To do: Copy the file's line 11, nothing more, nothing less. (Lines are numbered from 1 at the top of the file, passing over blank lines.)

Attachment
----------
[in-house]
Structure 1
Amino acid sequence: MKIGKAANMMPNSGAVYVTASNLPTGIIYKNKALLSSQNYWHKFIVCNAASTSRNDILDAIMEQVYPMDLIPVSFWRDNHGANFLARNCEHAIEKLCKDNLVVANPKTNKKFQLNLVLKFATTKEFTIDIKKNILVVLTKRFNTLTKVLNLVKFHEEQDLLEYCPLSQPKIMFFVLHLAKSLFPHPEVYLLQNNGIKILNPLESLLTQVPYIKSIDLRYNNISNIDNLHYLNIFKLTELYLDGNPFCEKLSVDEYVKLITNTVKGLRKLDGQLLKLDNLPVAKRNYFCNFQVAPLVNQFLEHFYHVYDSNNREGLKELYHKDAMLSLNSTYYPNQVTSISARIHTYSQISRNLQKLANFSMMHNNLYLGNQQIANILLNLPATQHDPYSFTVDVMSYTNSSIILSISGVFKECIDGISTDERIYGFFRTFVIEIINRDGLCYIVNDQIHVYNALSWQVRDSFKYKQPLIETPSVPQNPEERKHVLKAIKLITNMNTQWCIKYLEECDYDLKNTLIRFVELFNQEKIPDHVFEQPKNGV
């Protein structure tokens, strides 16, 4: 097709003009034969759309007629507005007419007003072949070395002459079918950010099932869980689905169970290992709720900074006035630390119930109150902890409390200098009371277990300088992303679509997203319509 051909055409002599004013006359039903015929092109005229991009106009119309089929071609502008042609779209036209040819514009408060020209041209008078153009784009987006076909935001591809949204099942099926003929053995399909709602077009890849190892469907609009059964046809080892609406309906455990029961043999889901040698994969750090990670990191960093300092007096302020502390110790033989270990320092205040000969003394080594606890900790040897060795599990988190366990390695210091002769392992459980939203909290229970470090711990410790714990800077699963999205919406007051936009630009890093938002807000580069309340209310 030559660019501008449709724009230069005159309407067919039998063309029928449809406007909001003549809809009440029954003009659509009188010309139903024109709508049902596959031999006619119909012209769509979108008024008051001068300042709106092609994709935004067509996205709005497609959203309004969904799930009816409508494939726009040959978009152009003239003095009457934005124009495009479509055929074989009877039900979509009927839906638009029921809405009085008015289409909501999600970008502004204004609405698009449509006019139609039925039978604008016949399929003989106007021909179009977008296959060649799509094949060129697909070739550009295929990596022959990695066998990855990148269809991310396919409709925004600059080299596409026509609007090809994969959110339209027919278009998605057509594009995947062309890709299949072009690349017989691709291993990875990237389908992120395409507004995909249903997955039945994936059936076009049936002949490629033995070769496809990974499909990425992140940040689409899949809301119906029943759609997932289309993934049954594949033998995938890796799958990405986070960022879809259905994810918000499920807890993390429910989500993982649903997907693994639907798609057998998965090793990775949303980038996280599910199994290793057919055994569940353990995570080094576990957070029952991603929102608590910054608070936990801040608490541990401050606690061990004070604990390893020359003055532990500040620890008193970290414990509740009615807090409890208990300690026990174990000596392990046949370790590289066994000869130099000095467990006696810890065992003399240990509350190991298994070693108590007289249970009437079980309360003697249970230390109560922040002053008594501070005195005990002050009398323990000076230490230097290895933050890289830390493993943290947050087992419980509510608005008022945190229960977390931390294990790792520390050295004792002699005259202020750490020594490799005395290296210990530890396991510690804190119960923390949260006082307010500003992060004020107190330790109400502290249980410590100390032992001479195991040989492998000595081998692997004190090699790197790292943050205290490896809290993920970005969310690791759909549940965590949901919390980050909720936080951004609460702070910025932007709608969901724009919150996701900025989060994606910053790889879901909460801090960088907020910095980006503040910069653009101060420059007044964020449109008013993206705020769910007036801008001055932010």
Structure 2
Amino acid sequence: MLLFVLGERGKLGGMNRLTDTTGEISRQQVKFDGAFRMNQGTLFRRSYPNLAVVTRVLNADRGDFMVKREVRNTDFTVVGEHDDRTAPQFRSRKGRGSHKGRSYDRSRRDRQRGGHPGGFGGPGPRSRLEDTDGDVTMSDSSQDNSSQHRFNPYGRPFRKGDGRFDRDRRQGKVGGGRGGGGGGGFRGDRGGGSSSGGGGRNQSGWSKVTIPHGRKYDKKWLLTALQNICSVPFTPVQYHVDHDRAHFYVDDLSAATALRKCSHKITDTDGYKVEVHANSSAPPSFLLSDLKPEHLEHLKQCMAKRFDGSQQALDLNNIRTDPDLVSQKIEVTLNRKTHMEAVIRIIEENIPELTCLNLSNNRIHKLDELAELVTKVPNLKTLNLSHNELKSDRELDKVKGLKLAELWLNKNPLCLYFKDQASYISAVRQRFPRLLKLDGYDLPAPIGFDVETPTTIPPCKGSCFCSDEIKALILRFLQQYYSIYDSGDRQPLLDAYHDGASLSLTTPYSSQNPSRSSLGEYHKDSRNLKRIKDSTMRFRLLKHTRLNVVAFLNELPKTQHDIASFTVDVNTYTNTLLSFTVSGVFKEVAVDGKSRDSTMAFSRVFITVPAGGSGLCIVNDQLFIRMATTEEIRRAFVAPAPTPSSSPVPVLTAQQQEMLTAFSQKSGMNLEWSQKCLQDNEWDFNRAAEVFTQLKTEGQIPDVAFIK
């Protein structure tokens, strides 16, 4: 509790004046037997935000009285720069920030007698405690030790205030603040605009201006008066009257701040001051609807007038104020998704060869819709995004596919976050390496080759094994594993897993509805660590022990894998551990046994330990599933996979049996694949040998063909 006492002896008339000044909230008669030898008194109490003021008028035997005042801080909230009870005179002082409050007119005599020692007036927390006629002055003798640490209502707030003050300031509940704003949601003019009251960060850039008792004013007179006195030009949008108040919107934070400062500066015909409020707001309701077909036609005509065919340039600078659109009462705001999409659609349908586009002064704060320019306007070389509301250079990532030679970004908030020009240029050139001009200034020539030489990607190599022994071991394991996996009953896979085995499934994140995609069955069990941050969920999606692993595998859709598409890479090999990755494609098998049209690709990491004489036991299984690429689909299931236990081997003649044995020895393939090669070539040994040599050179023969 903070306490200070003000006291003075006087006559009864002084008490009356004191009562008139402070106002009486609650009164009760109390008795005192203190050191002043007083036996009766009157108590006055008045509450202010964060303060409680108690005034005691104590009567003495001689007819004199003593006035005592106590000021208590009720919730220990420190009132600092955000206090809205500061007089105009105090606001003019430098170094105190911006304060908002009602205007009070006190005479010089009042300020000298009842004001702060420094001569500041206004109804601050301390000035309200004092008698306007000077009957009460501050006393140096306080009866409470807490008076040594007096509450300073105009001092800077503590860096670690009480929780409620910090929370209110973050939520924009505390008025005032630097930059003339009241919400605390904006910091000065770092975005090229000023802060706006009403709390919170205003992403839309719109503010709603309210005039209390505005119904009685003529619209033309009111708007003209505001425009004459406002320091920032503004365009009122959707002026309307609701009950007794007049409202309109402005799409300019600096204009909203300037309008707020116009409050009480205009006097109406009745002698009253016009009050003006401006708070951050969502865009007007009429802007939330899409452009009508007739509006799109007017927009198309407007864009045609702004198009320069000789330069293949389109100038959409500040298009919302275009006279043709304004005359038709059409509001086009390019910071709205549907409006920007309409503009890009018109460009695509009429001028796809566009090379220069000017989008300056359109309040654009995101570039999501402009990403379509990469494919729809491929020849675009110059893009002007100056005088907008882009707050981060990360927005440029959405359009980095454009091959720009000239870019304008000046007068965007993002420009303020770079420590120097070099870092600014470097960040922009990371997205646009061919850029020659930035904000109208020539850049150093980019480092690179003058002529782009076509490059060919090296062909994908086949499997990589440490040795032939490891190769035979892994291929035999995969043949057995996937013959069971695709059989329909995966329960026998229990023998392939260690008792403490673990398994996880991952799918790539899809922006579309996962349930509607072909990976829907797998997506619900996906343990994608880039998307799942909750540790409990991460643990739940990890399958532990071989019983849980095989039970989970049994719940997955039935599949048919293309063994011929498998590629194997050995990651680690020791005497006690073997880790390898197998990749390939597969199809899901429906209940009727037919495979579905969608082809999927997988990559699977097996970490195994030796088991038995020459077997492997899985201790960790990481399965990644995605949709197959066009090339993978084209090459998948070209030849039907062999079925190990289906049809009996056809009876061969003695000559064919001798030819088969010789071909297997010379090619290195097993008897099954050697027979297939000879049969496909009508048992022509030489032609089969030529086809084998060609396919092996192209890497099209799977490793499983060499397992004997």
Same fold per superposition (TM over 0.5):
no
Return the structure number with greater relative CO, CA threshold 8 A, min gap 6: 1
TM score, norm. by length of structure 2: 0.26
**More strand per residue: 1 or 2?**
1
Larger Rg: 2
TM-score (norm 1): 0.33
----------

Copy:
TM score, norm. by length of structure 2: 0.26